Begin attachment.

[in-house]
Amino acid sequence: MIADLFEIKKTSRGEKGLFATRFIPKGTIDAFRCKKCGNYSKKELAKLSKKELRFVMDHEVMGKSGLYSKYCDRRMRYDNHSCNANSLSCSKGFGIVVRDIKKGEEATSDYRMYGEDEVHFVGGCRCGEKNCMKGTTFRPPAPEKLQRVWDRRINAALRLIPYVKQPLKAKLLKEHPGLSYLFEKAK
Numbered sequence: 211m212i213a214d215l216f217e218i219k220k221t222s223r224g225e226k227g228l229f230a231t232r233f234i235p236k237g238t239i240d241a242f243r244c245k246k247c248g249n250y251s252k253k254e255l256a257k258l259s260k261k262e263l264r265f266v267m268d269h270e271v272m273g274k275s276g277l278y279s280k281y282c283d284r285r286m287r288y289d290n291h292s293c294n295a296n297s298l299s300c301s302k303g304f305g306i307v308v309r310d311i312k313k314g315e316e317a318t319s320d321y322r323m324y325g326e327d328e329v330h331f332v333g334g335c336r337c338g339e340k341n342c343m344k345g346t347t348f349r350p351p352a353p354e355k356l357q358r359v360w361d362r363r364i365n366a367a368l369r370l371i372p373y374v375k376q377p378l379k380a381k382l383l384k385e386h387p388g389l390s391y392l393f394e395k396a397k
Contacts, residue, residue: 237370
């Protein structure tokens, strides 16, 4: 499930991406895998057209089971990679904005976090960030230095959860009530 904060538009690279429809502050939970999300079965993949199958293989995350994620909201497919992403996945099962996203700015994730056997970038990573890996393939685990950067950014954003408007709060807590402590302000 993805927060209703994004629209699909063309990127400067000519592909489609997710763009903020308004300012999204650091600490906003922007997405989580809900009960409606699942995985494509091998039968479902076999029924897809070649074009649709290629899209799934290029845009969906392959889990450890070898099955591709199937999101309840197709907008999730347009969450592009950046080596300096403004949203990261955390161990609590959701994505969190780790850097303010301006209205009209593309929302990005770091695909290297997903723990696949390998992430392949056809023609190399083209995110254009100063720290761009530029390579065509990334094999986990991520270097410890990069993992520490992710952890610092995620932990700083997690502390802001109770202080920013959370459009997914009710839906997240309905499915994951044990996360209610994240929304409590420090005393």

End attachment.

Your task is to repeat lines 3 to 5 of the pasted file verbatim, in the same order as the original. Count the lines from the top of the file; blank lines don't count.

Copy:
Numbered sequence: 211m212i213a214d215l216f217e218i219k220k221t222s223r224g225e226k227g228l229f230a231t232r233f234i235p236k237g238t239i240d241a242f243r244c245k246k247c248g249n250y251s252k253k254e255l256a257k258l259s260k261k262e263l264r265f266v267m268d269h270e271v272m273g274k275s276g277l278y279s280k281y282c283d284r285r286m287r288y289d290n291h292s293c294n295a296n297s298l299s300c301s302k303g304f305g306i307v308v309r310d311i312k313k314g315e316e317a318t319s320d321y322r323m324y325g326e327d328e329v330h331f332v333g334g335c336r337c338g339e340k341n342c343m344k345g346t347t348f349r350p351p352a353p354e355k356l357q358r359v360w361d362r363r364i365n366a367a368l369r370l371i372p373y374v375k376q377p378l379k380a381k382l383l384k385e386h387p388g389l390s391y392l393f394e395k396a397k
Contacts, residue, residue: 237370
């Protein structure tokens, strides 16, 4: 499930991406895998057209089971990679904005976090960030230095959860009530 904060538009690279429809502050939970999300079965993949199958293989995350994620909201497919992403996945099962996203700015994730056997970038990573890996393939685990950067950014954003408007709060807590402590302000 993805927060209703994004629209699909063309990127400067000519592909489609997710763009903020308004300012999204650091600490906003922007997405989580809900009960409606699942995985494509091998039968479902076999029924897809070649074009649709290629899209799934290029845009969906392959889990450890070898099955591709199937999101309840197709907008999730347009969450592009950046080596300096403004949203990261955390161990609590959701994505969190780790850097303010301006209205009209593309929302990005770091695909290297997903723990696949390998992430392949056809023609190399083209995110254009100063720290761009530029390579065509990334094999986990991520270097410890990069993992520490992710952890610092995620932990700083997690502390802001109770202080920013959370459009997914009710839906997240309905499915994951044990996360209610994240929304409590420090005393």